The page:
In fact, the study found that 65% of consumers said that post-vaccine they are likely to continue to use contactless payments at least as much as they are currently.
Those numbers skew by generation: Millennials are the most likely to embrace contactless payments.
However, all age demographics seem to have a level of interest in contactless payments, perhaps due to the sanitary nature of the system.
Because of its wide acceptance—61% of Boomers have expressed a preference for contactless, according to Visa—it is likely here to stay.
With consumers preferring to avoid contact even briefly during the payment process, it’s no surprise that dressing rooms are standing empty or even locked.
However, shoppers who try on clothing are much more likely to buy, so some retailers have replaced their shuttered fitting rooms with virtual ones.
In-store, shoppers can stand in front of a camera and see themselves on a large screen. They then select different products for their virtual self to model, allowing themselves to see exactly how they’d look in the selected outfit without having to try on a single piece.
Those mirrors could one day be linked to social media, which will provide an enriched interactive experience.
For retailers with an online presence, adding a dressing room widget to their websites allows customers to upload a single photo to instantly see themselves in selected clothing.
Using augmented reality to facilitate virtual try-ons also helps retailers reduce return rates.
As they head into 2021, retailers will be further developing those types of technology solutions, which helped get them through the pandemic.
Strategies that include contactless payments and AR will find expanded uses as the economy reopens in the second half of the year.
The COVID-19 pandemic has motivated retailers to turn to technology to help their businesses plan better, increase productivity, and service their customers.
Contactless payments are one of the areas that, because of COVID-19, will change forever the way retailers do business.
Safer and faster checkout
These RFID-enabled payments have been available for years but have surged in popularity during the pandemic.
Not only is contactless more hygienic – in the time of COVID-19, no one wants to touch cash that’s been touched by hundreds of strangers – but it also streamlines the entire checkout process.
While the pandemic may have provided a strong push toward a cashless society, customers could still choose to use a traditional payment card, rather than NFC technology, and be safer from virus exposure during the transaction because they are operating the card reader rather than handling cash.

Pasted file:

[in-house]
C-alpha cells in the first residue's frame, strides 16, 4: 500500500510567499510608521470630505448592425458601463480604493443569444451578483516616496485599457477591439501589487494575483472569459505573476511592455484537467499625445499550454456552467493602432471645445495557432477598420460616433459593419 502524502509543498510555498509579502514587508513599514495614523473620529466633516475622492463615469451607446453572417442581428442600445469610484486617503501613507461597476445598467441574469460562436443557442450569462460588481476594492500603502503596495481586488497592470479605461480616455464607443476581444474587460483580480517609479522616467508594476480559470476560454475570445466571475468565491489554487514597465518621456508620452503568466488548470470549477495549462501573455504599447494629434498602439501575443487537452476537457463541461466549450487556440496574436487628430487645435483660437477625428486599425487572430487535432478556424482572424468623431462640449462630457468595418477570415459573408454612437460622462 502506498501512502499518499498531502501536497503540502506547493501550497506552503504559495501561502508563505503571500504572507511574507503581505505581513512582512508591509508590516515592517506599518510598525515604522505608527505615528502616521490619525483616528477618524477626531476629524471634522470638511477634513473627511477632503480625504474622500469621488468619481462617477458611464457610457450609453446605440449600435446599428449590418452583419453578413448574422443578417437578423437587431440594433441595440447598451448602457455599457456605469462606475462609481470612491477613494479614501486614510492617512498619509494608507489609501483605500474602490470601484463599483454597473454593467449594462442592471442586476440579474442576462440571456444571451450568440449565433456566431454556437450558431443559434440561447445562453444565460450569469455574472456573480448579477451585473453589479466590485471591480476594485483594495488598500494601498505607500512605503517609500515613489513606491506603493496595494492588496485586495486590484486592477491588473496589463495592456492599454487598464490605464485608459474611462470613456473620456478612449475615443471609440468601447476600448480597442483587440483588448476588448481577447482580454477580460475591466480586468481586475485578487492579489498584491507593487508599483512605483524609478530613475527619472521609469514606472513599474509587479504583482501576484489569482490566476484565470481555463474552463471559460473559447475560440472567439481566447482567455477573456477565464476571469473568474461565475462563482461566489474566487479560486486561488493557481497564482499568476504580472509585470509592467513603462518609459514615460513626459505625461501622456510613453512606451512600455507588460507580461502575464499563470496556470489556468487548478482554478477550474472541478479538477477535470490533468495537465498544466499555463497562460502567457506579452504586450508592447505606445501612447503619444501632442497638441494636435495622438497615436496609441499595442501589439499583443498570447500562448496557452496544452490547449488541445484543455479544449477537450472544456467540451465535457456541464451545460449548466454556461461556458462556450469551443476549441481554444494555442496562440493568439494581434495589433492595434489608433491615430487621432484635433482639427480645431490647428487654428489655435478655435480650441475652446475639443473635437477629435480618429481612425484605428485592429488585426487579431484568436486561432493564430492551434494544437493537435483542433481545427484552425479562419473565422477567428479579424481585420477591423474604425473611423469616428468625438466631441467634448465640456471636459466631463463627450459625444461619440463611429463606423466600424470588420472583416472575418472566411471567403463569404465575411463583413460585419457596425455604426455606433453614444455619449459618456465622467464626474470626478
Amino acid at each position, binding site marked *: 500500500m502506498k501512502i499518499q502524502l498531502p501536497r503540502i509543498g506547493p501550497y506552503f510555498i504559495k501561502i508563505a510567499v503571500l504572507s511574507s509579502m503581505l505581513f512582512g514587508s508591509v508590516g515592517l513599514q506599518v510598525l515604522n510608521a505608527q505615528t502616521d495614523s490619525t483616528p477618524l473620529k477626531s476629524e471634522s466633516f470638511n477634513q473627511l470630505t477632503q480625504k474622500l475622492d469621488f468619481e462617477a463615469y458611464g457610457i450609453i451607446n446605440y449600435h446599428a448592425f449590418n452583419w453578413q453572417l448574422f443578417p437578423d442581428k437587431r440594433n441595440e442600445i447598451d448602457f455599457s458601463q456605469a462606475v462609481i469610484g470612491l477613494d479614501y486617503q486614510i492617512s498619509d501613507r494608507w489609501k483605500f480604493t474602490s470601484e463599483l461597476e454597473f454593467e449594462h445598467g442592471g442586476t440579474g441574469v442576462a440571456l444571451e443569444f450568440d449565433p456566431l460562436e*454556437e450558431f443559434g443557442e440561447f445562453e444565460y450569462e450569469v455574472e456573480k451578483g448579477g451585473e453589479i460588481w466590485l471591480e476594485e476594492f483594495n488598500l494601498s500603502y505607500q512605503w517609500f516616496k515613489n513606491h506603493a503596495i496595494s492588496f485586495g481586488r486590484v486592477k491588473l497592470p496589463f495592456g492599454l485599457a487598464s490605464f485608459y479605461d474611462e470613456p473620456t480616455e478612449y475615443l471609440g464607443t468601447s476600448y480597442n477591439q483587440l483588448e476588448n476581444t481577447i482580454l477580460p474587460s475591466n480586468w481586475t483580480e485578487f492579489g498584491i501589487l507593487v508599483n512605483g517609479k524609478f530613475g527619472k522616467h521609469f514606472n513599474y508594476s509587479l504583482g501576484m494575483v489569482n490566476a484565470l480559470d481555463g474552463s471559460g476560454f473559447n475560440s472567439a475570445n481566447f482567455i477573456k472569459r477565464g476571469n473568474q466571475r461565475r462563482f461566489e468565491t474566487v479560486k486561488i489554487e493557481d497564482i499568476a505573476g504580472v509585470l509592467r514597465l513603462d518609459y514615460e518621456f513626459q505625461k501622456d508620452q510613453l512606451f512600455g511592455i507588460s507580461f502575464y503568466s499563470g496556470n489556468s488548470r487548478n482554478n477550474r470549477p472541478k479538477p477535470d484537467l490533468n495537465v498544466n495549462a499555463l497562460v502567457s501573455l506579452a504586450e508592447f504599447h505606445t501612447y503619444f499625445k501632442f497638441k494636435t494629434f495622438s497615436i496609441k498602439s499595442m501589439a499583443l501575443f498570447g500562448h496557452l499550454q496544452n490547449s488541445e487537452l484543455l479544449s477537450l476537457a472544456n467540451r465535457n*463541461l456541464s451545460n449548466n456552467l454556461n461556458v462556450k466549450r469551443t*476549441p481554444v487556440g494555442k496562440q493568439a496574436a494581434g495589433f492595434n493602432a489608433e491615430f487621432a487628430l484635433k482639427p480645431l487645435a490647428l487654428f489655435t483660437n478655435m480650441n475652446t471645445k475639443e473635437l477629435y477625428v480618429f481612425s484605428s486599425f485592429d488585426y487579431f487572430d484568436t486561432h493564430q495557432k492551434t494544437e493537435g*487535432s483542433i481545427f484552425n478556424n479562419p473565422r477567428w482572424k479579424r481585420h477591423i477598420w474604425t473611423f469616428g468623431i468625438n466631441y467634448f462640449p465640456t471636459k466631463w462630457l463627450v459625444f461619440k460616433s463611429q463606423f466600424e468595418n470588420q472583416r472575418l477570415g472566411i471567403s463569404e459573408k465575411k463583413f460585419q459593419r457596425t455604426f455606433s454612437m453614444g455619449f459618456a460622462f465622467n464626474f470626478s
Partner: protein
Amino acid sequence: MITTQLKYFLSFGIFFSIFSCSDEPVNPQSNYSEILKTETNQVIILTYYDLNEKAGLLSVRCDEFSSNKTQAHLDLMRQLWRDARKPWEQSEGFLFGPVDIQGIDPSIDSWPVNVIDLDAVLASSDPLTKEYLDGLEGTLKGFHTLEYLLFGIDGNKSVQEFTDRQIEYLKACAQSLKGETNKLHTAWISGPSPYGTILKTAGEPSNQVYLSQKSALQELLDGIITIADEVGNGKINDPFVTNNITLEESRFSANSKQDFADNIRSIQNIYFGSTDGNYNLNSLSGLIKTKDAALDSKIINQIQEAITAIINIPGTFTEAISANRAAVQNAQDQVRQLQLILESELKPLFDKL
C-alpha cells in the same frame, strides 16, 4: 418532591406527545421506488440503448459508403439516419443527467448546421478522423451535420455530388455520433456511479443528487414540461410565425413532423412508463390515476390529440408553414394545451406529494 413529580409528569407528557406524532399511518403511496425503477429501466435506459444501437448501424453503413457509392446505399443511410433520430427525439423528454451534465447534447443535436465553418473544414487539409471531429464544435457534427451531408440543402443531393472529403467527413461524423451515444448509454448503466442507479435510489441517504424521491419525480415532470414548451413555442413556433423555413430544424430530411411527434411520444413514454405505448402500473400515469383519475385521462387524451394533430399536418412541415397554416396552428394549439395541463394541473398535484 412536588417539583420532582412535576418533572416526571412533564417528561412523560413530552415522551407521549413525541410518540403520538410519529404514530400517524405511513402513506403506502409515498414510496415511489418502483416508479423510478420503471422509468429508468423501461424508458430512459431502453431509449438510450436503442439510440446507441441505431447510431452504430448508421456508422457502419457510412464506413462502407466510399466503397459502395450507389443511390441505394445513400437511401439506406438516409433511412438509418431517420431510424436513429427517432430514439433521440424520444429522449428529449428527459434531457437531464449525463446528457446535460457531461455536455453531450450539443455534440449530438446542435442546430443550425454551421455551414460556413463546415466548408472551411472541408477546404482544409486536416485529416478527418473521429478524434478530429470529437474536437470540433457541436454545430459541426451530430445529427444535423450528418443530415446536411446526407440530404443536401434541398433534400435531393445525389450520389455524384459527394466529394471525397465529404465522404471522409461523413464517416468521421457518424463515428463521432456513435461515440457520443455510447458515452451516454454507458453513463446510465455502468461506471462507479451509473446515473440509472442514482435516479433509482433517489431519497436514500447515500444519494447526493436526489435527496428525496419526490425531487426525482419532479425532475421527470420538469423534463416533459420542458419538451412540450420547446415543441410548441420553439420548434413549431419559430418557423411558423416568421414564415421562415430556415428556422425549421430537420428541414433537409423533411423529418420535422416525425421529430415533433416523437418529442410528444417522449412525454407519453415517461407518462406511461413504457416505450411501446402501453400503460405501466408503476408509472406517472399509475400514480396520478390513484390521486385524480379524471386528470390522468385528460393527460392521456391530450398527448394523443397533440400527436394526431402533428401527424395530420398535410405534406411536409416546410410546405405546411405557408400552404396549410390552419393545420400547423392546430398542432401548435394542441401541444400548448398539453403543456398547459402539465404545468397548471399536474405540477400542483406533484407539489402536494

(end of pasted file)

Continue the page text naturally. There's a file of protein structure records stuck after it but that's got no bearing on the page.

However, because they use radio-frequency identification, contactless payments reduce time waiting in lines.
The “tap-and-go” process generally results in speedier transactions. While the transaction time for a chip-enabled card can take as long as 30 to 45 seconds, a contactless transaction can be as short as 10 to 15 seconds.
Global adoption of contactless payments
Contactless transactions build upon RFID and typically use NFC technology, the foundation for services such as Apple Pay and Google Pay.
Globally, this method of payment is very popular.
The United States, however, has been slow to adopt contactless payments.
OEM mobile wallet transactions were predicted to increase as banks expanded the use of contactless cards.
In the U.S. market, contactless transaction values were expected to rise at an even higher rate than the global market, reaching $1.5 trillion by 2024, compared with the approximated $178 billion in 2020.
Once COVID-19 hit, contactless payments began to surge.
By August 2020, the global contactless payment market was valued at $ 1.05 trillion by 2019 transaction value, and is now predicted to register a compound annual growth rate (CAGR) of roughly 20.01% between 2020 and 2027.
Today, the global contactless payment market value is expected to surpass $ 4.60 trillion by 2027.
Customers have enough friction getting out to the store today. By offering contactless payments, retailers can provide an efficient, safe method for purchasing goods and services while enhancing the customer’s overall experience.
5G networks have rolled out in only a handful of U.S. cities, but that momentum is growing.
Recent research from Barclays Corporate Banking suggests that 5G could supercharge the UK economy by up to £15.7 billion per year by 2025.